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Without good articulation, it is impossible to be a correct reader, or speaker. Those who have been accustomed to pronounce their words in a careless or slovenly manner, will find it difficult, even with their best efforts, to utter them distinctly. The organs of articulation, for the want of proper exercise, become, as it were, paralysed. The pupil, therefore, at the very commencement of his studies, should be conducted through a series of exercises calculated to strengthen the muscles of articulation, and render them obedient to the will. The best method for effecting these purposes, is to exercise the voice on the elements of speech; first, on each element separately; secondly, on various combinations.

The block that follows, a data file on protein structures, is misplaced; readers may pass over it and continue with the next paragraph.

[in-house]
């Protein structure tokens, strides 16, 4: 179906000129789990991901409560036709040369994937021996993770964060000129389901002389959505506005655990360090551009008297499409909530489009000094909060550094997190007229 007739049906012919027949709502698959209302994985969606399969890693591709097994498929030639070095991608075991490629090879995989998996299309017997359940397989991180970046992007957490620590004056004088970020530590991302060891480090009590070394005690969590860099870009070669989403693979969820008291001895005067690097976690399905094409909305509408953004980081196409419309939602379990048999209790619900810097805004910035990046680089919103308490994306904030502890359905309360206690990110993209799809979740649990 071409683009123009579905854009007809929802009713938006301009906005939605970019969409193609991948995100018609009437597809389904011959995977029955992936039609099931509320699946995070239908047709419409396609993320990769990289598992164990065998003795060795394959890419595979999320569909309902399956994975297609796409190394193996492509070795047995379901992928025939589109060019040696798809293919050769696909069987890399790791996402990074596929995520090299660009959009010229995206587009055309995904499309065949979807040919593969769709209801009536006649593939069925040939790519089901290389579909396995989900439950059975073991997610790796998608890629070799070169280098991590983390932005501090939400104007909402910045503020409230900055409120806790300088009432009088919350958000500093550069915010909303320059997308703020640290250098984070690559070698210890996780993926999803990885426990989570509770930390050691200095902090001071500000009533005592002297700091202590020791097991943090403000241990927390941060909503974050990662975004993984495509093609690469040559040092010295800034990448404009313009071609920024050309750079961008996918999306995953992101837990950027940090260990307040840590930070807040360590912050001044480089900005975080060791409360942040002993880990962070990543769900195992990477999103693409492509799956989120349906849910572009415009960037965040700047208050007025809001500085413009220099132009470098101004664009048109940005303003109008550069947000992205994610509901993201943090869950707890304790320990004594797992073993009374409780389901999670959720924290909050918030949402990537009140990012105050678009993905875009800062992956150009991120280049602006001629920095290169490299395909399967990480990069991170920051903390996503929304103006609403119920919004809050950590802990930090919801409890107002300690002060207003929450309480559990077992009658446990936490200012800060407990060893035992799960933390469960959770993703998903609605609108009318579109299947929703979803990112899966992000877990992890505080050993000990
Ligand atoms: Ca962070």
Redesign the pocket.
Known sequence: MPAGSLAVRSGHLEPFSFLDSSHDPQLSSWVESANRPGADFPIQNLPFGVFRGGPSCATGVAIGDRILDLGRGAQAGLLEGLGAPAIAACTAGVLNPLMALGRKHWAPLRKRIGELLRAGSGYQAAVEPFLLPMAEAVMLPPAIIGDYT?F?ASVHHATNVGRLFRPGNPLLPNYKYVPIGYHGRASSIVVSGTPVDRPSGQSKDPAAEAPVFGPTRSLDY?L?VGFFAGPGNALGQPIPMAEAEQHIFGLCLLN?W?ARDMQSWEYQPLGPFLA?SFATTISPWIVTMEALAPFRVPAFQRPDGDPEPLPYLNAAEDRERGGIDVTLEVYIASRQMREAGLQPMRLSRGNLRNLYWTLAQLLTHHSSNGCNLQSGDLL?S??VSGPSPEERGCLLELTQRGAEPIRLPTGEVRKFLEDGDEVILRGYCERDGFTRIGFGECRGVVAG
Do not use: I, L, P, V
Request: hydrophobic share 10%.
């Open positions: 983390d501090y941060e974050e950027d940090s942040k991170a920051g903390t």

Under the head, Practical Elocution, will be found a variety of exercises on the elements of the English language, which are calculated to develop the voice, increase its compass, and give flexibility to the muscles of articulation. In that part of this work which consists of Exercises in Reading and Declamation, most of the sounds liable to be omitted or imperfectly articulated, are represented by italic letters. Hence the reader, if he pay proper attention to the subject, will have no difficulty in correcting all ordinary defects in his utterance.